It’s been a while since BJ Nilsen has released an album proper, although last year’s multi-month, hours-long pandemic project Pending / Auditory Scenes Amsterdam should be an album ~ it stands as one of the year’s most enduring sonic documents. Now that Nilsen is no longer recording the daily sounds of his home town, he’s had time to return to more intense, layered soundscapes, the first fruits found on Irreal. It’s a strange title, as unreal is the more common usage, but the title lends the project a hint of the otherworldly. The recordings are in fact real, but since they have been culled from multiple continents, the tapestry is artificial: real / irreal.
While the album contains only three tracks, the closing piece is long enough to be an album to itself. The tracks operate as a triptych, imprinting a sonic spectrum, found, captured, created. Nilsen’s use of stereo is particularly noteworthy: in the opening seconds, a clank, a clunk, a whoosh from speaker to speaker alerts the listener that the conductor is making full use of all available tools. But within these works is also a crispness, whether droplets or doors; as well as an intimacy that makes one want to lean close, but not too close, as the current sound may be quiet, but the next may be loud. Nilsen adds his own electronic flourishes to the found sounds to create something wholly original. To find the field recordings, one must delve into the center of the pieces: for example, the birdsong and trains of “Motif mechanik,” embedded in the drone.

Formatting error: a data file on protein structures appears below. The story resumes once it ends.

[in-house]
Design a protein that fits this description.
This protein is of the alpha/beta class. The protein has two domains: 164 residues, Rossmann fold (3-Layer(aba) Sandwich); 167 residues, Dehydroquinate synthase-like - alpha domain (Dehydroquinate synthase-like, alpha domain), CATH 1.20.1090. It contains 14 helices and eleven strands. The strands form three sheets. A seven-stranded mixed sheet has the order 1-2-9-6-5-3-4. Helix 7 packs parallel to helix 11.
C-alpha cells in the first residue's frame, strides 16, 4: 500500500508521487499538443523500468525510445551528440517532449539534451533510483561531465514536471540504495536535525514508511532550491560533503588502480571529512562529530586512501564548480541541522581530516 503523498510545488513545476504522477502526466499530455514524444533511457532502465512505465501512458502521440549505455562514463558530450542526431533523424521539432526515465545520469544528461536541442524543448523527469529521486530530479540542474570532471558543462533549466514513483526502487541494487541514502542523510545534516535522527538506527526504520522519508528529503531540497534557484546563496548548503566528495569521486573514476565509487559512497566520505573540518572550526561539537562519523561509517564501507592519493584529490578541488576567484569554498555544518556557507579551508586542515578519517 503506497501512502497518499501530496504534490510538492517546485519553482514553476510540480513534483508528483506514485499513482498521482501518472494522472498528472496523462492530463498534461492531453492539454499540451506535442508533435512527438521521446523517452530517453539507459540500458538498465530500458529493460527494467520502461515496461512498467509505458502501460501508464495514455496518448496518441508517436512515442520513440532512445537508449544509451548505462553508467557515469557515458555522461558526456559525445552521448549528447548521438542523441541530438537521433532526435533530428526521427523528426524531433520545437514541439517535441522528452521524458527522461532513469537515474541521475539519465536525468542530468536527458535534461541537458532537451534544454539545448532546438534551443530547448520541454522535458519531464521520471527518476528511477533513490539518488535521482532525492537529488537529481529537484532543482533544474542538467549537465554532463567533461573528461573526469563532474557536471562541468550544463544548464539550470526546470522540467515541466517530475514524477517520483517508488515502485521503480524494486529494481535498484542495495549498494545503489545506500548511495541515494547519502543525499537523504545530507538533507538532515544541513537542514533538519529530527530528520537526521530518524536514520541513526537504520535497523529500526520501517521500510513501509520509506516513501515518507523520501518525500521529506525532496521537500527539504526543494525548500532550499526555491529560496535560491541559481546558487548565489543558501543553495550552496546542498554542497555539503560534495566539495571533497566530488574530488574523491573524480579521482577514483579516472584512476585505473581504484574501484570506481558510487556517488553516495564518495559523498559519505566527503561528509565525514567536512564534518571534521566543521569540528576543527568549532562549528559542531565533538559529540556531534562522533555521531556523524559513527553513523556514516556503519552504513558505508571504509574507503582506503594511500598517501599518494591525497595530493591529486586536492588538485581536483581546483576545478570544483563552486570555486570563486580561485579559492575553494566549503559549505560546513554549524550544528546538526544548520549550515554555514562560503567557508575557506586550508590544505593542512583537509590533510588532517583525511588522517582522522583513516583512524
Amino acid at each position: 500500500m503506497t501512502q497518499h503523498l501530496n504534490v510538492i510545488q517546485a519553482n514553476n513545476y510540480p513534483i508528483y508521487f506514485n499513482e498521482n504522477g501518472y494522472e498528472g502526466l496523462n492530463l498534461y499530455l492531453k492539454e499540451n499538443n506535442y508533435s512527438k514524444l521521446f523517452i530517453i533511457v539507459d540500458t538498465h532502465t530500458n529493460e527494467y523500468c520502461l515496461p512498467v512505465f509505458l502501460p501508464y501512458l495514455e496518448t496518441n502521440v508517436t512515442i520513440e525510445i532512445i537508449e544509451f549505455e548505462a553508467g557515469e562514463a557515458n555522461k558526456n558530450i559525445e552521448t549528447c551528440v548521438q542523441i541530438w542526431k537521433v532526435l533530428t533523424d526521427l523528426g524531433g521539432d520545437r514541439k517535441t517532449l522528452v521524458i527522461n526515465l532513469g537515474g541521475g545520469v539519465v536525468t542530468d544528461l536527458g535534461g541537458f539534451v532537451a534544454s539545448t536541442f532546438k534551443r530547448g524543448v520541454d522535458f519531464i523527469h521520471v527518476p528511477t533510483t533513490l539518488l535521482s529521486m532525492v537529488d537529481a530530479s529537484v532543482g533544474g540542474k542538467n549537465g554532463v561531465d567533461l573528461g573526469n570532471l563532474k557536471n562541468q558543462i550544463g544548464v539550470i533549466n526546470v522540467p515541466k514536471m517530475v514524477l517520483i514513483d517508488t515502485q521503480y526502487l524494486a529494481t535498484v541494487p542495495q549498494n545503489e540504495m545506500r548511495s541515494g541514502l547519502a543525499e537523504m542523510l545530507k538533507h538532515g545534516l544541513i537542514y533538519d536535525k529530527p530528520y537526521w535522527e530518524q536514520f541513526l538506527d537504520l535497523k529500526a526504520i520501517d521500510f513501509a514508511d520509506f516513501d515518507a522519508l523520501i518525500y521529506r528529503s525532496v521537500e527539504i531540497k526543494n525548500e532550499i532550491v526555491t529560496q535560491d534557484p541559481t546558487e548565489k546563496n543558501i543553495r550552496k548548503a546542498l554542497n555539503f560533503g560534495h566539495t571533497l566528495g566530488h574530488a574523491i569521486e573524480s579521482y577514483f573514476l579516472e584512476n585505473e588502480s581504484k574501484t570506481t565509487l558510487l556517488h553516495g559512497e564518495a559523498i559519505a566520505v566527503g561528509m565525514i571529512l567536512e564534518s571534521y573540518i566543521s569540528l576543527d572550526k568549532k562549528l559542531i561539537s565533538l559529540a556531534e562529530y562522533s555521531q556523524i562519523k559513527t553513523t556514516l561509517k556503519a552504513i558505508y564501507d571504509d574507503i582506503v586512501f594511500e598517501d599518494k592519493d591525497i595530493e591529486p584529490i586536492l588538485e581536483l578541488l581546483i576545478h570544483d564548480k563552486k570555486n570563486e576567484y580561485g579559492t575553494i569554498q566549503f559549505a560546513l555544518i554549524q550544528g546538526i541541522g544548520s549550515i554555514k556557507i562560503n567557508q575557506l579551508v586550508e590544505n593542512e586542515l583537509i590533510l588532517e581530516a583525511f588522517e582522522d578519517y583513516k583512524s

It all leads to the 38:28 behemoth “Beyond pebbles, rubble and dust.” The track affords Nilsen the opportunity to play with volume and density, two of his favorite spectrums. The piece rises slowly, carefully, not a hair out of place, building first to thickness, then silence. A door creaks, but what lies beyond the crease? The title may indicate progress, but the tone indicates destruction. At first, it seems that someone is poking through debris, but eventually it seems as if a grand structure is collapsing. Again, this is irreal. It happened / it didn’t happen. The dichotomy lies at the base of discussion. Indelible impressions can be created from the imagination. By leaving parts of the canvas blank, Nilsen invites listeners to adopt their own interpretations. Are we gripped by large forces that we cannot control? How much agency do we have? If we move pebbles, rubble and dust, are we making a difference? What might we rebuild from this wreckage? (Richard Allen)